Lady Gaga ‘Joanne’ Album Review


photo courtesy of billboard

          Out of the eccentric, overshadowing spotlight and electropop genre for which she became famous, “Mother Monster” Lady Gaga (Stefani Joanne Angelina Germanotta) released her fifth studio, soft rock and dance-pop album “Joanne” on Oct. 21.

          The full-length album features two singles and 11 songs in the regular edition, with three additional tracks on the deluxe version. The album’s name, an ode to her late aunt, is deeply influenced by the monumental effect her death in 1979  had on her family and Gaga’s music. Each song combines elements of subdued soft rock and less intense pop, showcasing Gaga’s vocal prowess. The album’s attributes, while far from her heavy electronic and disco constituents, reveals a profound and fervent creativity. Each song takes on its own identity along with added instrumentation and slower tempos, offering a chance for the lyrics to convey both emotion and pensivity.

          “Hey Girl,” featuring the album’s only collaboration with English singer-songwriter Florence Welch of Florence and the Machine, talks about a sense of support that transpires simultaneously between two individuals that ‘lift each other [up].’ Gaga’s vocals, in combination with Welch’s, compliments the older disco rhythm and tempo, mainly due to Welch’s deeper octave. “Even if you lose your way,” the lyrics evoke the message of constant upliftment and companionship, illustrating a relationship bound together by dependency rather than desire, allowing for the tone of the song to evolve seamlessly.

          As one of “Joanne’s” earlier released singles “Million Reasons,” second to the album’s lead “Perfect Illusions,” was released on Oct. 8. The song conveys the message of a million reasons to let go and leave a dysfunctional relationship; however, needing only “one good reason” to stay. The song is completely instrumental and devoid of electro aspects, emphasizing Gaga’s voice by allowing to drive the song forward without the unnecessary electropop influences. The soulful tone cohesively combined with the bitter-sweet meaning creates a melodic cadence that has a sort of country feel to it. Appropriately, the song fits the album’s overall qualities and adds to its originality.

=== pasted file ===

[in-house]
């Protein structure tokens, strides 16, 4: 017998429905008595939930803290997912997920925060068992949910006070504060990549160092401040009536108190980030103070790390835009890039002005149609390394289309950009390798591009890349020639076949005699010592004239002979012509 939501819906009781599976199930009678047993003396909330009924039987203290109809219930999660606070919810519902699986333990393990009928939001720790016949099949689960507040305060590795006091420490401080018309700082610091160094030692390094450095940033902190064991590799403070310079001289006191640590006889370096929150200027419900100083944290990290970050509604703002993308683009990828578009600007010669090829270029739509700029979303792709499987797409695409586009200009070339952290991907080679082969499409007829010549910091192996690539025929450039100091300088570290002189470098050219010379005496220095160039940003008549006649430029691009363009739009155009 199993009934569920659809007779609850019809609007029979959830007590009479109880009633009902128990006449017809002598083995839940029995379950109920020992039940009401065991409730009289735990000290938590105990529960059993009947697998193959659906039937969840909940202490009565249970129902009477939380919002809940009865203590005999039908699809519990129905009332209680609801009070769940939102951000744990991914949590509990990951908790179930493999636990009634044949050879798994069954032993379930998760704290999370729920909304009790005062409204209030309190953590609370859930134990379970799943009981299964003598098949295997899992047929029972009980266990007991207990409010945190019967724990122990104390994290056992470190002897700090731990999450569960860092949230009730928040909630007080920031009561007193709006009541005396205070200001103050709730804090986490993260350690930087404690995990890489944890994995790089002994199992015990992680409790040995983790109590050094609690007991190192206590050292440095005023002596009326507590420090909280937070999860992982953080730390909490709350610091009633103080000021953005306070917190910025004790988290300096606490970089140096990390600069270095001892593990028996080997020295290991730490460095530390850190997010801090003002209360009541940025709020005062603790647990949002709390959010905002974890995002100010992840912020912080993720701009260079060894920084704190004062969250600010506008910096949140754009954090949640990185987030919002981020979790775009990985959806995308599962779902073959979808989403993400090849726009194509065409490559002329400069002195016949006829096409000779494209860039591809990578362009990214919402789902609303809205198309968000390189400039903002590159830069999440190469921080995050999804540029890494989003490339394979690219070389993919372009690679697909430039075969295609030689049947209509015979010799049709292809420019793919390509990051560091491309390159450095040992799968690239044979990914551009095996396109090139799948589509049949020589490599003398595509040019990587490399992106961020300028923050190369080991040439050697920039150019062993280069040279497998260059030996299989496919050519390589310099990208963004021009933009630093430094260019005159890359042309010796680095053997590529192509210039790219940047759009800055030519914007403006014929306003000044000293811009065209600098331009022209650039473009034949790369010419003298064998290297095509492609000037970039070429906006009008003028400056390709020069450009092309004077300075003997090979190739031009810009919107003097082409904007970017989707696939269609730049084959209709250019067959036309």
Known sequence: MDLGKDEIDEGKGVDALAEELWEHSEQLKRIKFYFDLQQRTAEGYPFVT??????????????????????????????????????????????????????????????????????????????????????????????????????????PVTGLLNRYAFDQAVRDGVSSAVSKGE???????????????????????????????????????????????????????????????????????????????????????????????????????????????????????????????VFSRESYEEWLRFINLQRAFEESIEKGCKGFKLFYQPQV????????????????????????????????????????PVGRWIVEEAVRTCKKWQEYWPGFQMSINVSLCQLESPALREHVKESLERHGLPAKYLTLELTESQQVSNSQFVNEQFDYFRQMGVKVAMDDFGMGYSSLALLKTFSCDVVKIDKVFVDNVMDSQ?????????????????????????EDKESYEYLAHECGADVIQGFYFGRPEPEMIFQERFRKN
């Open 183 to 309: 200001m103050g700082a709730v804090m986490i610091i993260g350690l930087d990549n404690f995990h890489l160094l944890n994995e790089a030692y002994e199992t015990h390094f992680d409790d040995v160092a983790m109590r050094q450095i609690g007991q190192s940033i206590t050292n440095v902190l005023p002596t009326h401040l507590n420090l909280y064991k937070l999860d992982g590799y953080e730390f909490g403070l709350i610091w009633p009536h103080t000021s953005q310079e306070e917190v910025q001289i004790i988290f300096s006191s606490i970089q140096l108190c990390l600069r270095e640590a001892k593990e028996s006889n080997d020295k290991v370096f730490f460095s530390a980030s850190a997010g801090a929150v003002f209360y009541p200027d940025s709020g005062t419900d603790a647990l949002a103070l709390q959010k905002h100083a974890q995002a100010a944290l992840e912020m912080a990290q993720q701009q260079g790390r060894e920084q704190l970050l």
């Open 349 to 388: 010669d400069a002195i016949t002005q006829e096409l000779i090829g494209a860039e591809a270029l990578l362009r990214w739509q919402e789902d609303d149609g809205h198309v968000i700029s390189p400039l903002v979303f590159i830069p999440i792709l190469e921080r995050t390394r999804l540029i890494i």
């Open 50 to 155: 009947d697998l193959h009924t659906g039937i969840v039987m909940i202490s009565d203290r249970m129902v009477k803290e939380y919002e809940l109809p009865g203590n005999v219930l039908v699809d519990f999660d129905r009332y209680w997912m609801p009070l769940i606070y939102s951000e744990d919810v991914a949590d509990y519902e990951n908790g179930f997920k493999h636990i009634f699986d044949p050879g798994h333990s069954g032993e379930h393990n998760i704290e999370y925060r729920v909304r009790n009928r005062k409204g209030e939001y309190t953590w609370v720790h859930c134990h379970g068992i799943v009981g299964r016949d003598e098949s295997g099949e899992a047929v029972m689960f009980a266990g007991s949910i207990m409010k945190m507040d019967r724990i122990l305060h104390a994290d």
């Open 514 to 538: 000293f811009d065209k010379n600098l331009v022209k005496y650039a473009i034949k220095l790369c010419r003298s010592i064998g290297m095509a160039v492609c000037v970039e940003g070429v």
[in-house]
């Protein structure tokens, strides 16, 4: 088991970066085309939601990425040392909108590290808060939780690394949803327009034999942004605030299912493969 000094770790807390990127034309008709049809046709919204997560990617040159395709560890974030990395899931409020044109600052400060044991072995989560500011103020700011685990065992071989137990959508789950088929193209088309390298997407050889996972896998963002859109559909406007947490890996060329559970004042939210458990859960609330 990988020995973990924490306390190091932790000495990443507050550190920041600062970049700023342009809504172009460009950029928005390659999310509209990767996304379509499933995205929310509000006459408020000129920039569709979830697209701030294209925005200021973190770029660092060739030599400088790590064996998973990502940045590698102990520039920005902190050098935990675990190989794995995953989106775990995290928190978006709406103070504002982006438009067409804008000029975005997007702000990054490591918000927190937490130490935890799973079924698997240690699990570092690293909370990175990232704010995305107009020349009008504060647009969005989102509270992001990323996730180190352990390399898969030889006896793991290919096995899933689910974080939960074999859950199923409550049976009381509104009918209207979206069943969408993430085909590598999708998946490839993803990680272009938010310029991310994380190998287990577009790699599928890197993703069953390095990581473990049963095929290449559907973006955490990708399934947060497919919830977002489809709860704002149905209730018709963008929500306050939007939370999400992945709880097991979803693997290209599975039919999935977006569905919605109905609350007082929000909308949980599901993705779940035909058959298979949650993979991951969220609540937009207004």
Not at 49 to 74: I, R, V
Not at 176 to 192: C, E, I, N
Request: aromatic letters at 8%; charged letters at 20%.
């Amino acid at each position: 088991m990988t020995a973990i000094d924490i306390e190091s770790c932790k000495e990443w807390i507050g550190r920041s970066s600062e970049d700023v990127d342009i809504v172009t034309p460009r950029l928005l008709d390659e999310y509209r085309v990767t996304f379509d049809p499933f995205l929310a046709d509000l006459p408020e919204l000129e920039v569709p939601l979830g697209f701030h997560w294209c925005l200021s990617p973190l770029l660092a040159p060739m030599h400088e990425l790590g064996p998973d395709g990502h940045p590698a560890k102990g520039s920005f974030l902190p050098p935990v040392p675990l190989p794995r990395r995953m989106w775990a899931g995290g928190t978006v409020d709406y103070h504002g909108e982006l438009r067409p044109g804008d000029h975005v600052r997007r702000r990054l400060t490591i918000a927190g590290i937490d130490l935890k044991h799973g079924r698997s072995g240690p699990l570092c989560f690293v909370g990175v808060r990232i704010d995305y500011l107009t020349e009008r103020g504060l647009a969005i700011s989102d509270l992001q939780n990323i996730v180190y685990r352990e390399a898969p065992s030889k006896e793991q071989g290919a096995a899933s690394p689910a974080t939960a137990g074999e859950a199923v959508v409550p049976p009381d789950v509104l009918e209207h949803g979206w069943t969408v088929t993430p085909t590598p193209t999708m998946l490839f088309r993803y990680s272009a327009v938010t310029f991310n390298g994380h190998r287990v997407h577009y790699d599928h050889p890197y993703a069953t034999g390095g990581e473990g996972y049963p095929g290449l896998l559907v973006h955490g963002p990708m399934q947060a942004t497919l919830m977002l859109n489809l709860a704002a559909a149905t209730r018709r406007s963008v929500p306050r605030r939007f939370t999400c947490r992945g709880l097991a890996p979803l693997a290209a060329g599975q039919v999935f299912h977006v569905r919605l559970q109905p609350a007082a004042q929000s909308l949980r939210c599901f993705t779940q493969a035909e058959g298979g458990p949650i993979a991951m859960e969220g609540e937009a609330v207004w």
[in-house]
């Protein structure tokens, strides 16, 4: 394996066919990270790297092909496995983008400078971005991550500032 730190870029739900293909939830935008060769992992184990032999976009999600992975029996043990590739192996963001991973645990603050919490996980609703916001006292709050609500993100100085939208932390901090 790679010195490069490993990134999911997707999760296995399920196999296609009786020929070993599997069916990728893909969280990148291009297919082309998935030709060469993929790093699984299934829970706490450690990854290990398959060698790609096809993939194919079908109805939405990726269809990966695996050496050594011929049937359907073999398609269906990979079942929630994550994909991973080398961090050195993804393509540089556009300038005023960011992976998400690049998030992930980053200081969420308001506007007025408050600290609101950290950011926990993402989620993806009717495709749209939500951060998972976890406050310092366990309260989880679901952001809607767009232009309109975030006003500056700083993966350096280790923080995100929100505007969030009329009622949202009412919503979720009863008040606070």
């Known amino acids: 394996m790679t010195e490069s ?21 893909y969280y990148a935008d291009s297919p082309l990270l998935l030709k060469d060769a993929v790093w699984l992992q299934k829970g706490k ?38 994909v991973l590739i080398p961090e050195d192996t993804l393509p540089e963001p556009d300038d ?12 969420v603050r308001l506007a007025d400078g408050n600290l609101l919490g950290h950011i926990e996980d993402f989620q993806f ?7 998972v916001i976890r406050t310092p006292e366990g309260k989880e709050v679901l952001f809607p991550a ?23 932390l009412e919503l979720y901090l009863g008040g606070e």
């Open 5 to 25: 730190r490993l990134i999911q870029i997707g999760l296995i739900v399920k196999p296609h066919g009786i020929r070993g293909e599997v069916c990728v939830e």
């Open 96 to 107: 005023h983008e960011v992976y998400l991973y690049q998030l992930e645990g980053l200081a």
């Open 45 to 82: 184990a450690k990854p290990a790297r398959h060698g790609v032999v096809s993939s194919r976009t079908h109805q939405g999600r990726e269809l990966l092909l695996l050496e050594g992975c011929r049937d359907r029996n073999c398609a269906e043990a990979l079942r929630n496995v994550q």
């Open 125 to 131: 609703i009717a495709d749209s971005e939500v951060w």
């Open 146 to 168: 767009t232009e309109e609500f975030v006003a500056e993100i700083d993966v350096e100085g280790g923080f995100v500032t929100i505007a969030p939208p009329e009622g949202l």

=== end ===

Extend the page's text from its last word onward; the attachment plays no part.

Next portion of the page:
“Grigio Girls,” a deluxe exclusive, exhibits the acceptance of vulnerability and companionship, with one individual teaching the other to embrace it all. Realizing the ability to “let your heart pour out,” the portrayal of ebullience and joy are conveyed spectacularly through the lyrics of friendship and sisterhood. Although not available in the regular edition of “Joanne,” “Grigio Girls” depicts one of the album’s themes of new-found jubilance flawlessly.   

         In its entirety, “Joanne,” along with its mellifluous compositions, outstanding creativity and slower beats perpetuates Gaga’s messages of her family and life. It unifies each song under the album’s self-possessed attributes, yet still adheres to her usual musical style.